For people (like me) who came to the Mac from Windows, there's one big difference with many (but not all) programs when you close them. In Windows, closing the program's window usually (99.9% of the time) ends the program. It's removed from system memory (RAM), freeing up that space. On the Mac, however, that's not necessarily true. Sometimes you're just sending the window away, but the program is still running in the background. (Some programs do go away when you close the last window, but not the majority of them).
This can have a big effect on your available memory. For example, I just took a look at the memory on my system in the Activity Monitor (which you'll find in the Utilities folder if you're on 10.5 or 10.6 – I can't remember when they changed the name, but it was called something else before that). One program had been up for about a week – NetNewsWire, my RSS reader (and a pretty good one it is, too, if you are looking for an RSS reader). It was using up 500 MB of RAM – half a gig! I sent it away (with Command-Q, which does completely end a program, just like going to the program's menu and selecting Quit) and started it over – and it came up using 75 MB.
Why the huge difference? As an RSS reader, it goes out to a lot of web sites (I have 130 feeds that I follow) and as I go through the new listings, many have graphics in them. Also, there's quite a few of them that I load up in the internal browser each day. NetNewsWire is caching the graphics (and probably the texts, too) so that if I go back to them, they are instantly available. Safari does this too, caching graphics and web pages (which is why if a page changes you don't always see the change without forcing Safari to refresh the page).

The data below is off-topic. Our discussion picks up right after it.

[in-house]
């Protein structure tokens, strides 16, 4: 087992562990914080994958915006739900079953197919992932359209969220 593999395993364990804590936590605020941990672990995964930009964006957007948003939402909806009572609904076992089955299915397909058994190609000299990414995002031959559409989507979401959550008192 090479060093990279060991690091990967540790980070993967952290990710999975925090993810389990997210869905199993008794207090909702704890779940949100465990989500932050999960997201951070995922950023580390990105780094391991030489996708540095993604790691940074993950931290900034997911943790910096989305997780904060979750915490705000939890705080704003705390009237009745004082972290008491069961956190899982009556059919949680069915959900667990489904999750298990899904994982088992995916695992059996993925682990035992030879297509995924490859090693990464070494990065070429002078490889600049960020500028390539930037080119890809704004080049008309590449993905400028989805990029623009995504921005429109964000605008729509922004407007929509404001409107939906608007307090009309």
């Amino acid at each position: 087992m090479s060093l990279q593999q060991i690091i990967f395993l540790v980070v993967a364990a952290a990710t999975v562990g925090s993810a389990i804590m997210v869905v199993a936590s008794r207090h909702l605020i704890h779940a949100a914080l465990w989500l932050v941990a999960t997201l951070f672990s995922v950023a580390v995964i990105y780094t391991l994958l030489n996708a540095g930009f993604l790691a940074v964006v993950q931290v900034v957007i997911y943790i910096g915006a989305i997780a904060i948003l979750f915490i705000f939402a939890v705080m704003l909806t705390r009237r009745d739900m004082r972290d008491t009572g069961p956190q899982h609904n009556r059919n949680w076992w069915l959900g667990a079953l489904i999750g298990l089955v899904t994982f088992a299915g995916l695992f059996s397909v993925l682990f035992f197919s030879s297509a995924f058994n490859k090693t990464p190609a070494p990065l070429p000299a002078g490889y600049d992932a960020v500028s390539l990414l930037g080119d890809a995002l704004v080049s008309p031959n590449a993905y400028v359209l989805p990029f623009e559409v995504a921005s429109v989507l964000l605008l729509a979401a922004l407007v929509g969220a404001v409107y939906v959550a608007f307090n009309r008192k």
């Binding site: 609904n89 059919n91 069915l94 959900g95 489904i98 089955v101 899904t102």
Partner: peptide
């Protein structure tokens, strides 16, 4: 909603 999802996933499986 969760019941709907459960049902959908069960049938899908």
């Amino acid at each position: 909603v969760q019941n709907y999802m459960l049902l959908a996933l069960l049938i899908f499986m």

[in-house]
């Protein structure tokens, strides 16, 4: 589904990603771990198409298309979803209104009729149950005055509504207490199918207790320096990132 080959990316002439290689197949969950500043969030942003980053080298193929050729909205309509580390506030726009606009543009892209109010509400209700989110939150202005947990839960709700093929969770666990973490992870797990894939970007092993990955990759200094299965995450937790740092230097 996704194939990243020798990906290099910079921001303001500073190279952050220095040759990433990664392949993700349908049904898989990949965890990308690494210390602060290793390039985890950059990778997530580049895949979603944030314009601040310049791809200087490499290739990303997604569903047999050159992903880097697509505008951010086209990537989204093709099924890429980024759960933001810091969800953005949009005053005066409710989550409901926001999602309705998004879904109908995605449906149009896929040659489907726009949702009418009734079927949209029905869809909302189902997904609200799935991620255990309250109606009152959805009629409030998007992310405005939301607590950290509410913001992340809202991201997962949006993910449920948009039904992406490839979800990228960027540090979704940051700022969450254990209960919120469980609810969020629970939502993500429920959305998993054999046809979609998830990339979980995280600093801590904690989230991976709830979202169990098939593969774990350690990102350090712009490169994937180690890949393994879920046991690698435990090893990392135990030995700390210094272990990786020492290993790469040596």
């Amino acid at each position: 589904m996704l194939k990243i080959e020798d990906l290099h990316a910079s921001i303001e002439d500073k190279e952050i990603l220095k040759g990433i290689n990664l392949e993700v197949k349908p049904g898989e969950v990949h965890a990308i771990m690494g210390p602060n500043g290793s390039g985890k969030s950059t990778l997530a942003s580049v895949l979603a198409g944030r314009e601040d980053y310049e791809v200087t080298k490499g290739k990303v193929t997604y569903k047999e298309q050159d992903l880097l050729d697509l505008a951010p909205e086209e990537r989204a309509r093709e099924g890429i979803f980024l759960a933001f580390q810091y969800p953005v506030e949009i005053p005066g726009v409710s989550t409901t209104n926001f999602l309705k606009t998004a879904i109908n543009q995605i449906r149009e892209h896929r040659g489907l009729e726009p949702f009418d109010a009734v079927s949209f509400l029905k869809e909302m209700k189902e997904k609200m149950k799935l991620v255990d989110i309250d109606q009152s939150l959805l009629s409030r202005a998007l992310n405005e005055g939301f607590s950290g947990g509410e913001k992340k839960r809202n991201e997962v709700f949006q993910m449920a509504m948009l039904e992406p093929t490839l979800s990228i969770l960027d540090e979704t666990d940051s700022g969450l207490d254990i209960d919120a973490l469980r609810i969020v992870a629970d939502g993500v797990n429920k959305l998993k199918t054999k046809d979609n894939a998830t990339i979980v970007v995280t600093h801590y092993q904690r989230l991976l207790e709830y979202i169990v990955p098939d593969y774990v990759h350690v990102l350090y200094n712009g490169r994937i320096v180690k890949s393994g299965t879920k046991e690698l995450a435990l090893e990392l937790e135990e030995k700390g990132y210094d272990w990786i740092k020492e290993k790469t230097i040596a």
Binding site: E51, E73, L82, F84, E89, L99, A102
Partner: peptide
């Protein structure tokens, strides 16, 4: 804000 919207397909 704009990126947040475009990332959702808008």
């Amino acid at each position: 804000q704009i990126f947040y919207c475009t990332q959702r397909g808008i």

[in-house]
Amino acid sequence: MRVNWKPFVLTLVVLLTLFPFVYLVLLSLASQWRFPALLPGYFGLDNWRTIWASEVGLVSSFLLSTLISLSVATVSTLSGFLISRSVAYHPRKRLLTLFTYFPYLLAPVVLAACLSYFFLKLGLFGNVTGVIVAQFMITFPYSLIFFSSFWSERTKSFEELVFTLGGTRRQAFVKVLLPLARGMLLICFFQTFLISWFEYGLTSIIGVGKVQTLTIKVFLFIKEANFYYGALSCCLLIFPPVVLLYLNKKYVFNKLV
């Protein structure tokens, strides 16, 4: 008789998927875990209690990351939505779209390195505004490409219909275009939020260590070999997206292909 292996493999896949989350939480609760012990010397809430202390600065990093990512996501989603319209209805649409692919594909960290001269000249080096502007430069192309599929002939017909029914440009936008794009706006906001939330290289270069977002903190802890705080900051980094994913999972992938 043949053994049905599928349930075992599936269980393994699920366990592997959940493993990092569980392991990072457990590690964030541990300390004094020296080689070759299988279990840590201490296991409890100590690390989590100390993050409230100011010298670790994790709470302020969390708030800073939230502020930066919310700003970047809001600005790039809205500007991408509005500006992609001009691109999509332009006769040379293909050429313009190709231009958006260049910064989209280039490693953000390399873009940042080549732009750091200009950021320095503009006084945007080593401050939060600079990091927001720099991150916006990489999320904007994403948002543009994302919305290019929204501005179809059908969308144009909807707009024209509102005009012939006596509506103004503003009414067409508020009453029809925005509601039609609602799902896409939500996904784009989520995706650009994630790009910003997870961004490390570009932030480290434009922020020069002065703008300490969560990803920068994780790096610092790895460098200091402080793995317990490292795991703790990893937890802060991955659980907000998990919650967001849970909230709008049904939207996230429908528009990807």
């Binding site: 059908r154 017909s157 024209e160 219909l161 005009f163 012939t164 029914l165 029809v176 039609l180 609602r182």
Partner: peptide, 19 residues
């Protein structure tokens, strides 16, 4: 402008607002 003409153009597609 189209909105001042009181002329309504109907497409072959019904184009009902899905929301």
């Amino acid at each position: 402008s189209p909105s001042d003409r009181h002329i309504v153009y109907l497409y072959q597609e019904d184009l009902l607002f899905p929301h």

All that caching has to go somewhere. Some caching is done to disk, and some to memory. This is the decision of the programmer, so unless there's something in the preferences that lets you fine-tune what's cached, there's not much you can do about it.
Now, you won't run out of memory (unless you leave a lot of stuff running) because OS X will use swap space, or disk, to move out chunks of memory you haven't used recently (like that photo you were editing but haven't touched in a few minutes) for another program if there's no free memory. Of course, you could run out of free disk, and then you will be out of memory. But unless your disk started out with little free space, that's usually not an issue.
But swapping is slow. You hard drive is many many many times slower than the RAM used by active programs. So it's a good idea to fully Quit a program every so often to free up the memory. I know at first for me this was an odd concept – I've closed all the windows, why is the program still showing in the Dock with the little "running" pip? Well, some programs (like NetNewsWire) can be doing a lot of work behind the scenes, even if there are no windows open.
Leaving something running in the background, like Pages, means if you go back to it a few minutes (or hours) later, it will spring to life immediately (since it is still running and doesn't have to go through all the startup work). If you've got a lot of memory, this can be a good way to easily speed up you machine (and one reason Terry White and I agree that getting as much RAM as you can will be the easiest and often cheapest way to speed up your computer).
But if you are RAM constrained – especially on an older system, where you might be limited to 1 or 2 GB of RAM total – you need to keep a close eye on the Dock, and send away programs you aren't using. Or if it's something like NetNewsWire, send it away every so often to free up memory.